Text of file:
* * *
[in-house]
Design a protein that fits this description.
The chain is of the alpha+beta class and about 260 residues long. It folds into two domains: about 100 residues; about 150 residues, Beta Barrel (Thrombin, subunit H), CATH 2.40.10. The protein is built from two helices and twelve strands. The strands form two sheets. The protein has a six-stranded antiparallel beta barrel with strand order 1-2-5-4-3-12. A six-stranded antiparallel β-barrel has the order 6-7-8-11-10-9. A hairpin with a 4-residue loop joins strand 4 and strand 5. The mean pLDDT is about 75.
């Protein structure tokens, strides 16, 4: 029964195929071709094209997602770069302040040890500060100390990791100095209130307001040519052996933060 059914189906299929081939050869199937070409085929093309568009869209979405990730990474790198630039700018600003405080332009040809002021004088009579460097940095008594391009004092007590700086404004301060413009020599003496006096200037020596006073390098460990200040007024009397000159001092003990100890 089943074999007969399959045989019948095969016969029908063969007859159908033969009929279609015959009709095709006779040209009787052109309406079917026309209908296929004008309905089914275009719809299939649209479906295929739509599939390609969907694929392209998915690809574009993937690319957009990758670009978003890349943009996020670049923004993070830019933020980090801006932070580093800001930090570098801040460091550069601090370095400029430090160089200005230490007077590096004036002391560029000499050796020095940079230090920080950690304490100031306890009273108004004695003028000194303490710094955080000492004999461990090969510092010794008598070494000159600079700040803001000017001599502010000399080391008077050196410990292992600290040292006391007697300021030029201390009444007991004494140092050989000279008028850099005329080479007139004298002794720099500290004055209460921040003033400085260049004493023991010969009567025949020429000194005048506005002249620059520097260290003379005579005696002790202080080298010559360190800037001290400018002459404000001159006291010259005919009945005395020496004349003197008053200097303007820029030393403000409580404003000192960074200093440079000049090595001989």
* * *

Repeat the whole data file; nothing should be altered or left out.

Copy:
[in-house]
Design a protein that fits this description.
The chain is of the alpha+beta class and about 260 residues long. It folds into two domains: about 100 residues; about 150 residues, Beta Barrel (Thrombin, subunit H), CATH 2.40.10. The protein is built from two helices and twelve strands. The strands form two sheets. The protein has a six-stranded antiparallel beta barrel with strand order 1-2-5-4-3-12. A six-stranded antiparallel β-barrel has the order 6-7-8-11-10-9. A hairpin with a 4-residue loop joins strand 4 and strand 5. The mean pLDDT is about 75.
């Protein structure tokens, strides 16, 4: 029964195929071709094209997602770069302040040890500060100390990791100095209130307001040519052996933060 059914189906299929081939050869199937070409085929093309568009869209979405990730990474790198630039700018600003405080332009040809002021004088009579460097940095008594391009004092007590700086404004301060413009020599003496006096200037020596006073390098460990200040007024009397000159001092003990100890 089943074999007969399959045989019948095969016969029908063969007859159908033969009929279609015959009709095709006779040209009787052109309406079917026309209908296929004008309905089914275009719809299939649209479906295929739509599939390609969907694929392209998915690809574009993937690319957009990758670009978003890349943009996020670049923004993070830019933020980090801006932070580093800001930090570098801040460091550069601090370095400029430090160089200005230490007077590096004036002391560029000499050796020095940079230090920080950690304490100031306890009273108004004695003028000194303490710094955080000492004999461990090969510092010794008598070494000159600079700040803001000017001599502010000399080391008077050196410990292992600290040292006391007697300021030029201390009444007991004494140092050989000279008028850099005329080479007139004298002794720099500290004055209460921040003033400085260049004493023991010969009567025949020429000194005048506005002249620059520097260290003379005579005696002790202080080298010559360190800037001290400018002459404000001159006291010259005919009945005395020496004349003197008053200097303007820029030393403000409580404003000192960074200093440079000049090595001989």